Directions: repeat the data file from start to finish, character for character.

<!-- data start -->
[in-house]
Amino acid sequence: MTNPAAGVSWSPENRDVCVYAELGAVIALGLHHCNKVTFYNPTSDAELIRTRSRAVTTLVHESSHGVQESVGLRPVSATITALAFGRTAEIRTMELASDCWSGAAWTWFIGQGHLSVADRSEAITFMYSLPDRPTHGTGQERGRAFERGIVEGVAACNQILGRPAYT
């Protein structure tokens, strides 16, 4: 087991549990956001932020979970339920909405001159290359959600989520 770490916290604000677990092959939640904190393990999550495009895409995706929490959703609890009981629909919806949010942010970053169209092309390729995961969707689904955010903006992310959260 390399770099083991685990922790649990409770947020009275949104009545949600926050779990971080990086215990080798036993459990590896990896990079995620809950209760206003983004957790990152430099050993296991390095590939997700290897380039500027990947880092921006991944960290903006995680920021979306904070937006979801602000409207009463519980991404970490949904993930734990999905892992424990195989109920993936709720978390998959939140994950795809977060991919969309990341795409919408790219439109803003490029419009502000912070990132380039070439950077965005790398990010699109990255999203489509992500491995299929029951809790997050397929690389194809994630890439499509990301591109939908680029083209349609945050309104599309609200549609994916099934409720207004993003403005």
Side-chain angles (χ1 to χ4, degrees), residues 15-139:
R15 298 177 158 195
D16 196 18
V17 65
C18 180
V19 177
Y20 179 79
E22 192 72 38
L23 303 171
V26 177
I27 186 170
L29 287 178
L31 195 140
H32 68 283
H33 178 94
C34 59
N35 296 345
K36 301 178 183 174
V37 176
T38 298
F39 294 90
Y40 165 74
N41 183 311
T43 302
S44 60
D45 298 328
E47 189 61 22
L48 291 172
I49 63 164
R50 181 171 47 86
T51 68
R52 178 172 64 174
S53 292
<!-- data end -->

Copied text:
[in-house]
Amino acid sequence: MTNPAAGVSWSPENRDVCVYAELGAVIALGLHHCNKVTFYNPTSDAELIRTRSRAVTTLVHESSHGVQESVGLRPVSATITALAFGRTAEIRTMELASDCWSGAAWTWFIGQGHLSVADRSEAITFMYSLPDRPTHGTGQERGRAFERGIVEGVAACNQILGRPAYT
């Protein structure tokens, strides 16, 4: 087991549990956001932020979970339920909405001159290359959600989520 770490916290604000677990092959939640904190393990999550495009895409995706929490959703609890009981629909919806949010942010970053169209092309390729995961969707689904955010903006992310959260 390399770099083991685990922790649990409770947020009275949104009545949600926050779990971080990086215990080798036993459990590896990896990079995620809950209760206003983004957790990152430099050993296991390095590939997700290897380039500027990947880092921006991944960290903006995680920021979306904070937006979801602000409207009463519980991404970490949904993930734990999905892992424990195989109920993936709720978390998959939140994950795809977060991919969309990341795409919408790219439109803003490029419009502000912070990132380039070439950077965005790398990010699109990255999203489509992500491995299929029951809790997050397929690389194809994630890439499509990301591109939908680029083209349609945050309104599309609200549609994916099934409720207004993003403005």
Side-chain angles (χ1 to χ4, degrees), residues 15-139:
R15 298 177 158 195
D16 196 18
V17 65
C18 180
V19 177
Y20 179 79
E22 192 72 38
L23 303 171
V26 177
I27 186 170
L29 287 178
L31 195 140
H32 68 283
H33 178 94
C34 59
N35 296 345
K36 301 178 183 174
V37 176
T38 298
F39 294 90
Y40 165 74
N41 183 311
T43 302
S44 60
D45 298 328
E47 189 61 22
L48 291 172
I49 63 164
R50 181 171 47 86
T51 68
R52 178 172 64 174
S53 292